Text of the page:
They’re back. After being neglected to the point of near-extinction over the course of two decades, small and midsize trucks have seen a resurgence in popularity in the ’20s, thanks in no small part to the escalation in gas prices in recent years. The Ford Maverick has been a hit with consumers since its debut in ’21, the Honda Ridgeline just enjoyed its best-ever year for sales, and the all-new ’24 Toyota Tacoma and Ford Ranger have raised the bar in the midsize segment. They’re often built for off-road use due to their relatively light weight and compact, trail-friendly dimensions, so aftermarket opportunities for these vehicles are myriad.

image 4

Street Trucks

Slammed and (often) cammed, the street truck market continues to support a robust aftermarket. Among classic fullsize trucks, pre-’88 GM square-bodies have proven a reliably popular build platform, though demand for parts for later-model ‘80s and ‘90s Ford and Chevy OBS trucks has exploded in recent years. Restoration and restomodding have also attracted new enthusiasts to the segment, with NOS parts makers enjoying solid sales. Other popular upgrades for these vehicles include suspension kits, often with air assist, chassis and brake upgrades, and interior products such as high-end audio systems.

image 5


An $8 billion market, crossovers are the hottest-selling OEM vehicle segment at the moment, and while the aftermarket for these vehicles has been slow to develop, companies are now marketing a variety of products for them with an emphasis on the “lifestyle” element: rooftop tents, auxiliary lighting, racks for bikes and kayaks, and small pack trailers that allow owners of “soft roaders” such as the Toyota RAV4 and Subaru Outback to enjoy the pleasures of overlanding without the need of a larger van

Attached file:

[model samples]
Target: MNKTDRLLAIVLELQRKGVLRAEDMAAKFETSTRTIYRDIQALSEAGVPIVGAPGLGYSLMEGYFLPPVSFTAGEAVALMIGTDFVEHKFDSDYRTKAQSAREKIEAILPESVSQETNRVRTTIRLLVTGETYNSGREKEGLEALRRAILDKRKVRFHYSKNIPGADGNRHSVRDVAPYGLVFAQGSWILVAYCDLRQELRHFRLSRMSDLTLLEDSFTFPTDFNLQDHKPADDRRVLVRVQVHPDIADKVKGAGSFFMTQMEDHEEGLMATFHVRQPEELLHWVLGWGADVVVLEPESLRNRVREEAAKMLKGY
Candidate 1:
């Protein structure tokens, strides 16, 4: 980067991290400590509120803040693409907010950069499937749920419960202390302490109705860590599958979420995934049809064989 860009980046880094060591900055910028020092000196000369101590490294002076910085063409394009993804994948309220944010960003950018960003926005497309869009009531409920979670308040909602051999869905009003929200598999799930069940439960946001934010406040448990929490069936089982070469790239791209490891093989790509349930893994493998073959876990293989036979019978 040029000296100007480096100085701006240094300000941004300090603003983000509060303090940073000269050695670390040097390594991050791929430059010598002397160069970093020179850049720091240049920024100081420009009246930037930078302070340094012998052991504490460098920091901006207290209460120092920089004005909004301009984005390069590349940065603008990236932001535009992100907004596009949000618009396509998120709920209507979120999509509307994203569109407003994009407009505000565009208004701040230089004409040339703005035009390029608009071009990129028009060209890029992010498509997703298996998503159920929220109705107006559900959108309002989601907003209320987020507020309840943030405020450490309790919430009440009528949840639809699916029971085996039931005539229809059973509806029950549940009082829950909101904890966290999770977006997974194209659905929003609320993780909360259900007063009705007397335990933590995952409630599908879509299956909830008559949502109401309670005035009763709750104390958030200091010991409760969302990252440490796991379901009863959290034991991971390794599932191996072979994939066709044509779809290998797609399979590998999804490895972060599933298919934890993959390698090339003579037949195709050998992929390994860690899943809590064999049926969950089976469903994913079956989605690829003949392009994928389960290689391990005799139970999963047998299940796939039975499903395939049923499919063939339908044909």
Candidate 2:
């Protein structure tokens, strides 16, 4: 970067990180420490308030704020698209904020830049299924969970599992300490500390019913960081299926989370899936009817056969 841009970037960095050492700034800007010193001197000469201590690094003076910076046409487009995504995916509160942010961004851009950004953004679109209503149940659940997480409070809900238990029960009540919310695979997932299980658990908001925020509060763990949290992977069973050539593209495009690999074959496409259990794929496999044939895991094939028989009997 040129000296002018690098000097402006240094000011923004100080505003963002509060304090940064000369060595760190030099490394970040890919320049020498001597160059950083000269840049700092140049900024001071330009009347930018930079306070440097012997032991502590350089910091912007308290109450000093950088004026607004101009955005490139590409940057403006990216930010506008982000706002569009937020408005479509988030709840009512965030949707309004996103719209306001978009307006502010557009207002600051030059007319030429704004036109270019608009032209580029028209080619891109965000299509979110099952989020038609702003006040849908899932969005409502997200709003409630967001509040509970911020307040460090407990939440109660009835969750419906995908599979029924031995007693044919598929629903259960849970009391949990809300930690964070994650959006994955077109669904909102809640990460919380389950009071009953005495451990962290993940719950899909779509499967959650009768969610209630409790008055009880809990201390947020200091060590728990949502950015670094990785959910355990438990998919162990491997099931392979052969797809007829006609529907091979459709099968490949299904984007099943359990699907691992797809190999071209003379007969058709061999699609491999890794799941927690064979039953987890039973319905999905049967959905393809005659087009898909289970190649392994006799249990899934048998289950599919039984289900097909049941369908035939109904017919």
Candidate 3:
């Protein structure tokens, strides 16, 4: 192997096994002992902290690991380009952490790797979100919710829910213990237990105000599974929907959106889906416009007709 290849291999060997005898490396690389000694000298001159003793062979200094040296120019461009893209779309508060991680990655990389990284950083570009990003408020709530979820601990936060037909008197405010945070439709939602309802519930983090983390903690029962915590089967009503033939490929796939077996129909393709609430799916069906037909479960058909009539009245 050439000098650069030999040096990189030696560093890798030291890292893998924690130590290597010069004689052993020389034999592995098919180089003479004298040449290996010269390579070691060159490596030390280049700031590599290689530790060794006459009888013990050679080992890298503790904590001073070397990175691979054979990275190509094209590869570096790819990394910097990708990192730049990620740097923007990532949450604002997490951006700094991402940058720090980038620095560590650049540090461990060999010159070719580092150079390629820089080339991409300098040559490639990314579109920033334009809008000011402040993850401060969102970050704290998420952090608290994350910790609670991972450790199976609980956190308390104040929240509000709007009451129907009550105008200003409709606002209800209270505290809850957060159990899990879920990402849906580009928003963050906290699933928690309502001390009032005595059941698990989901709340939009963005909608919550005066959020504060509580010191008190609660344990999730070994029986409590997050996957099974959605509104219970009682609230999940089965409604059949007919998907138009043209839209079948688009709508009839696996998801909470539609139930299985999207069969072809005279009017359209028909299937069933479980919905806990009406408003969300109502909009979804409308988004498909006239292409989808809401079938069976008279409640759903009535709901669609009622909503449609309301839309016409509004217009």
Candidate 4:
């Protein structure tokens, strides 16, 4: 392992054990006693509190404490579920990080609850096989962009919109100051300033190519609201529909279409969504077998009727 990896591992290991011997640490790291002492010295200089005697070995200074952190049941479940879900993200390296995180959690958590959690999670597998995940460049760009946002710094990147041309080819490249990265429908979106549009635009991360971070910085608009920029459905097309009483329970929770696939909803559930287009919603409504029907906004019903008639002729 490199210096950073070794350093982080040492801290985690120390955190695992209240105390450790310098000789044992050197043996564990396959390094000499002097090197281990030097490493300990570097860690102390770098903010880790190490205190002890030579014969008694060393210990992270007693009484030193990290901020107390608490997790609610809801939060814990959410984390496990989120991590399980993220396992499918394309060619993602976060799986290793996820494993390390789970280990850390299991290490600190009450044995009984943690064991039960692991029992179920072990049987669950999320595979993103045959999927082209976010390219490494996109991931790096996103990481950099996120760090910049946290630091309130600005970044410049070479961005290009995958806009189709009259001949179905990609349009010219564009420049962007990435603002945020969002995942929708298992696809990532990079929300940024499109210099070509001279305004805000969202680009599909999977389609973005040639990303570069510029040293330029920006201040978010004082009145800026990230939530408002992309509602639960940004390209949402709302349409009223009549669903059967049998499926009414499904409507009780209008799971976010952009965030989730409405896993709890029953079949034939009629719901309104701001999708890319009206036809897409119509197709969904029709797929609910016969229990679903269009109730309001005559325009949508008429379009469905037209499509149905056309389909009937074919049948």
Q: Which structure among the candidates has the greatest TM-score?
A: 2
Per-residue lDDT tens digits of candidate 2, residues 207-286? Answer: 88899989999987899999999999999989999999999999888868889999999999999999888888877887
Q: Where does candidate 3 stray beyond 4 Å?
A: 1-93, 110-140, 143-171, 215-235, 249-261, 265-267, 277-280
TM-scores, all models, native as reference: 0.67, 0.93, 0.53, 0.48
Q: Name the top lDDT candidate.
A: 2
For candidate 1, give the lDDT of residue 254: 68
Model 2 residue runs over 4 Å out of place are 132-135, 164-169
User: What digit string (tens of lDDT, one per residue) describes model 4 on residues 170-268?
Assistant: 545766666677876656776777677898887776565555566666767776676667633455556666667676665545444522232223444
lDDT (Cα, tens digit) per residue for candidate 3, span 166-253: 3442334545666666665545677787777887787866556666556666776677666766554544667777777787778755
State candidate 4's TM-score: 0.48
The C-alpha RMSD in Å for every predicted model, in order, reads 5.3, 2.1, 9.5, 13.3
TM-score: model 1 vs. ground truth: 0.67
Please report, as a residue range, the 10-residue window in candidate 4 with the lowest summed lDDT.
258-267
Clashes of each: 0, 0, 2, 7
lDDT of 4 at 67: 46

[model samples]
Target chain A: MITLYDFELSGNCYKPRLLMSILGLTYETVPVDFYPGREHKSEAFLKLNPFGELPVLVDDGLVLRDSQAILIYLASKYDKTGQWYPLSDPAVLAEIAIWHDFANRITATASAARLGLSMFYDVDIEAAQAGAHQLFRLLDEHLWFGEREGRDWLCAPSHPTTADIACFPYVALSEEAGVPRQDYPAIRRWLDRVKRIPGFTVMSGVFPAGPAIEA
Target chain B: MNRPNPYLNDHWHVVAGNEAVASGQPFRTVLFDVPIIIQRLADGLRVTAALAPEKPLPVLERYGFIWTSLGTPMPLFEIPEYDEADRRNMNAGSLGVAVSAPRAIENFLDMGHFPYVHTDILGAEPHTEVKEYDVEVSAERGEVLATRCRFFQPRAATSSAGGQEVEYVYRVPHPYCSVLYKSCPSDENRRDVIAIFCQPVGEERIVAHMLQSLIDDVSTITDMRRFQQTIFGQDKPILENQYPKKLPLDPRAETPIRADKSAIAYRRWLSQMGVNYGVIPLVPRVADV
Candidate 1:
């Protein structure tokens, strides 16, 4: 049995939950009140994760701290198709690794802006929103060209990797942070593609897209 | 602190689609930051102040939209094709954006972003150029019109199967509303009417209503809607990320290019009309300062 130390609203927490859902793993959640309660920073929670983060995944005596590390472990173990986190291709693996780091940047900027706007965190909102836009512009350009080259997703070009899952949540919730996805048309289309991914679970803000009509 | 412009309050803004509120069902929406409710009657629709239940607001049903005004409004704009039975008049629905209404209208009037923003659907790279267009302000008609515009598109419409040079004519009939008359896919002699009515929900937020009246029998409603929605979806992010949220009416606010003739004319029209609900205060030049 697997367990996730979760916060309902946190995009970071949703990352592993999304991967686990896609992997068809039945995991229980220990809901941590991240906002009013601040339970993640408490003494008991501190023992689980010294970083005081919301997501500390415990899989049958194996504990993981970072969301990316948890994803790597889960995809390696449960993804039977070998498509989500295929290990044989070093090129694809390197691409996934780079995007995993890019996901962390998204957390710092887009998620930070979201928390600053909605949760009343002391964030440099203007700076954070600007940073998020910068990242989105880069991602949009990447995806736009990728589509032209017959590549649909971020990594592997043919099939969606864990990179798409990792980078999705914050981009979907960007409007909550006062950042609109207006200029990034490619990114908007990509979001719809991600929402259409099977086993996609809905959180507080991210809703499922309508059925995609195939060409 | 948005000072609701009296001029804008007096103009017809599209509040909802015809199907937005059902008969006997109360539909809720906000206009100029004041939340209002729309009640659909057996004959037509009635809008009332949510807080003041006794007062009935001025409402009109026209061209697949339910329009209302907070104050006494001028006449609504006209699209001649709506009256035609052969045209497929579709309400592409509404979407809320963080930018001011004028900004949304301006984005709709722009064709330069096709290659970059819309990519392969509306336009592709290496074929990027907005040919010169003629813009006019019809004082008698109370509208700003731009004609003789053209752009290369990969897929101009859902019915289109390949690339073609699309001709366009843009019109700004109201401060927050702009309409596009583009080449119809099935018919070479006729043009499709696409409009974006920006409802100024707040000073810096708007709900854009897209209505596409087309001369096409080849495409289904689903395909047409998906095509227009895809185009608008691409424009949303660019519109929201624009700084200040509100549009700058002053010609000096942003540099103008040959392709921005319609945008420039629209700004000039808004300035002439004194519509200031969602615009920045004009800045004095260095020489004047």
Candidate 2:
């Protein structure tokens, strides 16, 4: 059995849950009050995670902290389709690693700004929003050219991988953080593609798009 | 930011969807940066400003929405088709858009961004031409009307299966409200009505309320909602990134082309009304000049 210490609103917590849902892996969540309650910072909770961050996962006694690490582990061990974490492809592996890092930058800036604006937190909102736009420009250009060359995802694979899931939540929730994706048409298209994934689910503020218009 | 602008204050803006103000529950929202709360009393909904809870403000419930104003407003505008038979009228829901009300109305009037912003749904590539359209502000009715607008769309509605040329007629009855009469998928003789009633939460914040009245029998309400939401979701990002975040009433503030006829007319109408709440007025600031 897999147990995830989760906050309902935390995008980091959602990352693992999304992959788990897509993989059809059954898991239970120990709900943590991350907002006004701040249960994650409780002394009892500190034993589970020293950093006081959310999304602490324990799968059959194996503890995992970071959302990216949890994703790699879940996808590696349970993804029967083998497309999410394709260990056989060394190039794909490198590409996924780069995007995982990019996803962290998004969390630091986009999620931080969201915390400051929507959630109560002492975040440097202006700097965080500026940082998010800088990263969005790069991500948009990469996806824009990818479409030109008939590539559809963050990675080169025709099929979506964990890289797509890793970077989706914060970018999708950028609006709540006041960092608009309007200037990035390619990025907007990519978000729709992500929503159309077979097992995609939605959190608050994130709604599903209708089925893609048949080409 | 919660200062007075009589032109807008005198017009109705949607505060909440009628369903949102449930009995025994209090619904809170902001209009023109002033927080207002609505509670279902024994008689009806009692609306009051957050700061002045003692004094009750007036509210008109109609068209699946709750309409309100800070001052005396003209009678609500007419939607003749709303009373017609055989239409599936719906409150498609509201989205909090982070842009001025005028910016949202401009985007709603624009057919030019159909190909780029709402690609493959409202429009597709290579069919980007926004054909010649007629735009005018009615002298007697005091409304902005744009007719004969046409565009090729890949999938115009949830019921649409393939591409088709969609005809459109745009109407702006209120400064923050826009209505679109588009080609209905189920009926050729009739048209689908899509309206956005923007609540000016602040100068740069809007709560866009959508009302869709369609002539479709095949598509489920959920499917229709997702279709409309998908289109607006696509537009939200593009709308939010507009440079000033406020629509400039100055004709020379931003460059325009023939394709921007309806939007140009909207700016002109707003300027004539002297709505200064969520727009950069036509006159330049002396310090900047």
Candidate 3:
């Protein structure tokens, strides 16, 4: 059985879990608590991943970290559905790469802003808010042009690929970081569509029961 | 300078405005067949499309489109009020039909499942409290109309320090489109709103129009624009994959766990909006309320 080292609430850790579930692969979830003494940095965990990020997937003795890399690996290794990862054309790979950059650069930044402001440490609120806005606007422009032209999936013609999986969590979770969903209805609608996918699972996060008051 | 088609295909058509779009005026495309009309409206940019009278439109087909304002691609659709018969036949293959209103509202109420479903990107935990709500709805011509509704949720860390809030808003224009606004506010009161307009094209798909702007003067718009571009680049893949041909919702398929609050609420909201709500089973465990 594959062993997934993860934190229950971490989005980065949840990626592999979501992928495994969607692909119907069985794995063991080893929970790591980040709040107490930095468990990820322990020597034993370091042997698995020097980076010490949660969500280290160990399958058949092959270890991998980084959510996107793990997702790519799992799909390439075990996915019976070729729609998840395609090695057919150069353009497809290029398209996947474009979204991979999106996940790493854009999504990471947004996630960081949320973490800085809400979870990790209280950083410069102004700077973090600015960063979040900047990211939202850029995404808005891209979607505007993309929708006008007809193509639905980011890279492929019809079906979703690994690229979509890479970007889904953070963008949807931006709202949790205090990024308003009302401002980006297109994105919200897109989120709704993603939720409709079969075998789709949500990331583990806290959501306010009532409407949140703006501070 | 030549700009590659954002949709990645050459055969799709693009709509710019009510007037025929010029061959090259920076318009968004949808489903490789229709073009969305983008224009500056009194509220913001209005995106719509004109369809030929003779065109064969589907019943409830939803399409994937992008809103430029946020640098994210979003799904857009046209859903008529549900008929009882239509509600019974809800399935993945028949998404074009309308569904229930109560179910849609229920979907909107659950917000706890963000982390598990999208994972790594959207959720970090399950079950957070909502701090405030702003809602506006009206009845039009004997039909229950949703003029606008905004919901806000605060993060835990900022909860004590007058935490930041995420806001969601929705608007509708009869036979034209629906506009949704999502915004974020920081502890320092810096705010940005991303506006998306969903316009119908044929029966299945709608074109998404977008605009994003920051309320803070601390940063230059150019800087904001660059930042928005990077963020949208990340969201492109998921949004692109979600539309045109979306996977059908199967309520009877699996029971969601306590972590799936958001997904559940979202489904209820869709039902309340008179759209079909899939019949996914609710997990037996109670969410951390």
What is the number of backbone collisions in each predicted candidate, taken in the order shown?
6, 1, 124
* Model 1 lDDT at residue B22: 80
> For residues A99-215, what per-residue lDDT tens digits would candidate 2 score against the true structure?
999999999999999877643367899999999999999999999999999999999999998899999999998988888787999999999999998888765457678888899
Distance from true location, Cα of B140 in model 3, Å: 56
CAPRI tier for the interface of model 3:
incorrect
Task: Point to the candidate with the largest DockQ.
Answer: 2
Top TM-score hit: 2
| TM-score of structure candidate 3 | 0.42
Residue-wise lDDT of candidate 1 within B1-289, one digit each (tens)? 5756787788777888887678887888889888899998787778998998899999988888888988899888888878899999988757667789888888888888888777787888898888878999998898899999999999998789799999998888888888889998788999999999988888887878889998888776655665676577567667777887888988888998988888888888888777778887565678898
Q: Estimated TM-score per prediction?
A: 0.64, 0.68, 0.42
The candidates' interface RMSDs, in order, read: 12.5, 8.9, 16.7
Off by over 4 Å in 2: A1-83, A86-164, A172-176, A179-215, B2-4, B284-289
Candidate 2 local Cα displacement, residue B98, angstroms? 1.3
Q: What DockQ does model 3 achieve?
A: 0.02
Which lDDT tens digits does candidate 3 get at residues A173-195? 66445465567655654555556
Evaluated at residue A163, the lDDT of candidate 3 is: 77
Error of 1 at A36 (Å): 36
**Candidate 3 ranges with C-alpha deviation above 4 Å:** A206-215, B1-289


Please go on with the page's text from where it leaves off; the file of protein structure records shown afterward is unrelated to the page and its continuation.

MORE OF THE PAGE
or pickup.

image 6

image 7

Electric Trucks and EV Conversions

While they’re currently an infinitesimally small part of the overall EV market, EV trucks and conversions are attracting the notice of an increasing number of specialty-equipment companies, and a variety of electric and EV-converted trucks could be found at the 2023 SEMA Show. As the OEs roll out new electrified product such as the Ford F-150 Lightning, Chevrolet Silverado EV and Tesla Cybertruck, and as consumer demand for EVs bounces back from its present slump, we’re likely to see more aftermarket companies offering EV conversion or retrofit kits for older trucks


About the SEMA Truck & Off-RoadAlliance


image 8

Members of the SEMA Truck & Off-Road Alliance (TORA) represent the collective interest of its members through a single, powerful voice that can play a significant role in shaping the industry. They are joined together to form a potent coalition whose mission is to determine the shape and future of the truck and off-road accessory industry.

image 9

TORA is council whose member companies manufacture, distribute, sell and/or install accessories for off-road vehicles, light-duty pickup trucks, ATVs, or provide services to the off-road or truck accessory industry. To learn more about TORA and SEMA’s other industry councils, visit